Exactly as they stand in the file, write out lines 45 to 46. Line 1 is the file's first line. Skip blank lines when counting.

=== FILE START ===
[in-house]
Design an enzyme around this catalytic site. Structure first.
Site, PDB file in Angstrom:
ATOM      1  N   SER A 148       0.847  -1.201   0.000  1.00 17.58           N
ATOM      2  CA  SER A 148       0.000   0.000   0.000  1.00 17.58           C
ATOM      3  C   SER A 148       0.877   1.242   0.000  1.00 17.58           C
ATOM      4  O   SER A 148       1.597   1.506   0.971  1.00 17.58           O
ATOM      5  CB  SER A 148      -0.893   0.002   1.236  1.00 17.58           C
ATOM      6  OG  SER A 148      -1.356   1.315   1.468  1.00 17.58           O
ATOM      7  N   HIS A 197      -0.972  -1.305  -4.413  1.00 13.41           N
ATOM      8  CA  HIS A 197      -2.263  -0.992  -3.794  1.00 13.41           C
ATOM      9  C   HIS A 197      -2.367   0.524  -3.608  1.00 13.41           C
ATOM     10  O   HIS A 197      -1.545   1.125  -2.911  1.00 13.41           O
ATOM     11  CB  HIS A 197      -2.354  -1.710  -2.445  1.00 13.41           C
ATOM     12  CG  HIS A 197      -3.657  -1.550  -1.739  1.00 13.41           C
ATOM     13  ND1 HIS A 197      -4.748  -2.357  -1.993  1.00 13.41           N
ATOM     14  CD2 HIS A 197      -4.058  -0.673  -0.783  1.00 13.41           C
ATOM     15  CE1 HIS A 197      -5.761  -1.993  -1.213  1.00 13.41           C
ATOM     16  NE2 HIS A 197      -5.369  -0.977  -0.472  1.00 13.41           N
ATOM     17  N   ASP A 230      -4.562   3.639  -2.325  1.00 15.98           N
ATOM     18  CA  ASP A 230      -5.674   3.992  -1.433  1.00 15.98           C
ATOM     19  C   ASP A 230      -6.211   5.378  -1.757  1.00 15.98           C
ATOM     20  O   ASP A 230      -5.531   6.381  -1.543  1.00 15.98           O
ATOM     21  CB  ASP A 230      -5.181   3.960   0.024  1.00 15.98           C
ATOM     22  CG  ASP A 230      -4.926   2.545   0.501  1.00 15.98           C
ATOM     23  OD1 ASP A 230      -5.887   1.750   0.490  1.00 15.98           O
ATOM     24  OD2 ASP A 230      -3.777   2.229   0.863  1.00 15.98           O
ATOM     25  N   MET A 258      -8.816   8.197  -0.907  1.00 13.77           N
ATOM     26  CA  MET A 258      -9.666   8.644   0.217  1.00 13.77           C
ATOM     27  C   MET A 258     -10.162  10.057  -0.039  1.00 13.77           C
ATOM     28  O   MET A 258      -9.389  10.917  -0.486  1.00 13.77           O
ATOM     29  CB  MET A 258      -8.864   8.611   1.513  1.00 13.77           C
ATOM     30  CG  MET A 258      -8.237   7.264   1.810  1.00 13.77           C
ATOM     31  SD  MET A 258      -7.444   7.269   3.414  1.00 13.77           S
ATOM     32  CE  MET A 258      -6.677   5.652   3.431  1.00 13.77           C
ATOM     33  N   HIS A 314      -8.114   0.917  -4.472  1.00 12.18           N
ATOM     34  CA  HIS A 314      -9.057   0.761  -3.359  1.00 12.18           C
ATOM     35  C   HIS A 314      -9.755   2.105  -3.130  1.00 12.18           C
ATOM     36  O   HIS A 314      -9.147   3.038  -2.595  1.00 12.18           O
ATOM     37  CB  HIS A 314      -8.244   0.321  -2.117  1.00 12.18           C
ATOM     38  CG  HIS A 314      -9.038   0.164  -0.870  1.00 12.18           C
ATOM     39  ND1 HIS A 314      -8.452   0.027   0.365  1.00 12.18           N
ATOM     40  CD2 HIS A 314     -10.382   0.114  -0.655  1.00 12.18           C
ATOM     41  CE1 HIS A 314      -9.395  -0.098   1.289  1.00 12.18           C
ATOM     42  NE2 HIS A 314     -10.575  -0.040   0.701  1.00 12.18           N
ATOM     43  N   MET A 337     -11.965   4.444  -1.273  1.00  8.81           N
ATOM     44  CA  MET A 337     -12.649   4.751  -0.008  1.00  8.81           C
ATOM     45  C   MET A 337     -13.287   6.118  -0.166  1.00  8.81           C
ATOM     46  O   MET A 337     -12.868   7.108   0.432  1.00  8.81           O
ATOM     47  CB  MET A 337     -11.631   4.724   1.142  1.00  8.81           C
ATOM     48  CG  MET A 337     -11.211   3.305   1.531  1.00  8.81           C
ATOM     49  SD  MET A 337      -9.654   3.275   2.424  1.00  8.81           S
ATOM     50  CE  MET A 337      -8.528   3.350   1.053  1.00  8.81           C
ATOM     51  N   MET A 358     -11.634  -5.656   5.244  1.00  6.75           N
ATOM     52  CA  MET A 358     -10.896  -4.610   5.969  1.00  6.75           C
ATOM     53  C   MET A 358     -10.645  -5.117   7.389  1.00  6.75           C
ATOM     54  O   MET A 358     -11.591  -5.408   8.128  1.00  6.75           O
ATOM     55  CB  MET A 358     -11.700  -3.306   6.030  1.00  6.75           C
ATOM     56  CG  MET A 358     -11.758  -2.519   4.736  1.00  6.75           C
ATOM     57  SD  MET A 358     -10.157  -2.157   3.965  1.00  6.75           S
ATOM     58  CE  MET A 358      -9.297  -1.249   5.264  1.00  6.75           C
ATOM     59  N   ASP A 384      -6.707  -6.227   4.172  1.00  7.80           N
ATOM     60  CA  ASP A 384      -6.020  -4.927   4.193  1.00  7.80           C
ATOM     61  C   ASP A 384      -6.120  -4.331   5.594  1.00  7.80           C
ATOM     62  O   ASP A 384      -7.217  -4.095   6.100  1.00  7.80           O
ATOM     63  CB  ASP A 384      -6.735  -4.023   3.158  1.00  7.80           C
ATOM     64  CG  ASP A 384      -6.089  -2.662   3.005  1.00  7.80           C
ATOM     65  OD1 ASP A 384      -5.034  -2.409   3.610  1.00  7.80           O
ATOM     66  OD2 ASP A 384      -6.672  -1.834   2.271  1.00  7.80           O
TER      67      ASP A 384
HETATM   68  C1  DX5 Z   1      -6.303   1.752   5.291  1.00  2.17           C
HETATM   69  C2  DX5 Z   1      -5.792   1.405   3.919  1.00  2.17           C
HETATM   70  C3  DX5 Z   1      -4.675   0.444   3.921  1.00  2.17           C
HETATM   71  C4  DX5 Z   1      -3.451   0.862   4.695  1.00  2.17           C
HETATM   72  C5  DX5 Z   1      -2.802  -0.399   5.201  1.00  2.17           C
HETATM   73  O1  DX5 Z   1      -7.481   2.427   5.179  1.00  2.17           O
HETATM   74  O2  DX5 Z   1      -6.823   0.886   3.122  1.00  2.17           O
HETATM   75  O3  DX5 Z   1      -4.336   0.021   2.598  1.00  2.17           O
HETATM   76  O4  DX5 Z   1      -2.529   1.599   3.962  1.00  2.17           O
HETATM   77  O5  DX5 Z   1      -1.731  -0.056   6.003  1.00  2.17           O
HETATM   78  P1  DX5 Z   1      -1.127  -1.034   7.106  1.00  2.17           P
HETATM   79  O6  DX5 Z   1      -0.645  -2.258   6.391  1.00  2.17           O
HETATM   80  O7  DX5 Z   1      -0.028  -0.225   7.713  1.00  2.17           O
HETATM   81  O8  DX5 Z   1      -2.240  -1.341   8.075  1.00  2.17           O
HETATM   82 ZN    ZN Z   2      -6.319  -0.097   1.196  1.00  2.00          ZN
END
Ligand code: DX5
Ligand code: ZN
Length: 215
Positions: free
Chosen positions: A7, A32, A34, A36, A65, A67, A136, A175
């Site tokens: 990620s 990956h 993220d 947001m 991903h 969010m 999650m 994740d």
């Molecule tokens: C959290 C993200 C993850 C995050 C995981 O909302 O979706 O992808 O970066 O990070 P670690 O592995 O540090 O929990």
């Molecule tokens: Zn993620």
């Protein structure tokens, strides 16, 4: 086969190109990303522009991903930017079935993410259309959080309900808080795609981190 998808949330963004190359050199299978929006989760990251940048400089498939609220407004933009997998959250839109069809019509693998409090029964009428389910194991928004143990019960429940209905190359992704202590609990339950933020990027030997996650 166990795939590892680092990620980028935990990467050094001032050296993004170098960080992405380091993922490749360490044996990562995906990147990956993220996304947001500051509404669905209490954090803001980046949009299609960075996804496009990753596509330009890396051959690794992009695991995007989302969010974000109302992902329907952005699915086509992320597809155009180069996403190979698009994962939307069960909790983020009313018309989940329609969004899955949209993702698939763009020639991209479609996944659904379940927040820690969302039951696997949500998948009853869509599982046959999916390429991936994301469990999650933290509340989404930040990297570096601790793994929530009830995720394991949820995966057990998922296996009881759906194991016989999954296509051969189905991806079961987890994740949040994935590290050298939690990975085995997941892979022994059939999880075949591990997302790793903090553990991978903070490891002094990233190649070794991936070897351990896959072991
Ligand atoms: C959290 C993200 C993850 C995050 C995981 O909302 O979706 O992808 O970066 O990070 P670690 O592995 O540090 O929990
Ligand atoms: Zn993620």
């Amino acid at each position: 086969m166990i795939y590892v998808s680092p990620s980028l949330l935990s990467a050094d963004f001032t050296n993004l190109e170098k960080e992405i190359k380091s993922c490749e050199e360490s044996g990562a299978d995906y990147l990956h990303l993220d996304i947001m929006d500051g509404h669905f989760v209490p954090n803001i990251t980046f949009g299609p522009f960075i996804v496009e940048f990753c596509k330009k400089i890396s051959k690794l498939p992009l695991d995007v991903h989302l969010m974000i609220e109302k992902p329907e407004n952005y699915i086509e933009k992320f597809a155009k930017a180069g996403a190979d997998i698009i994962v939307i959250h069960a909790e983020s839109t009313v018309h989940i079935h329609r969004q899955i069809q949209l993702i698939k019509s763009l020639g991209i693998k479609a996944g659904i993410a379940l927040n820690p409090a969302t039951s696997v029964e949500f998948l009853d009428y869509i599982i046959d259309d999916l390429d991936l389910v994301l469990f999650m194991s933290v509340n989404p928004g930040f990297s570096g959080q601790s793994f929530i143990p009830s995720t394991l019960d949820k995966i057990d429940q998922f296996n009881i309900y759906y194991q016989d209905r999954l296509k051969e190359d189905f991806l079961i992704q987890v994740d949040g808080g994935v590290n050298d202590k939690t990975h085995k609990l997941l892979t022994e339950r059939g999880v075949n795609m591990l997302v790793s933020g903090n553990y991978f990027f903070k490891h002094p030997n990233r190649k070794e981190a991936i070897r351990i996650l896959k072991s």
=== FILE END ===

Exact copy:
ATOM     42  NE2 HIS A 314     -10.575  -0.040   0.701  1.00 12.18           N
ATOM     43  N   MET A 337     -11.965   4.444  -1.273  1.00  8.81           N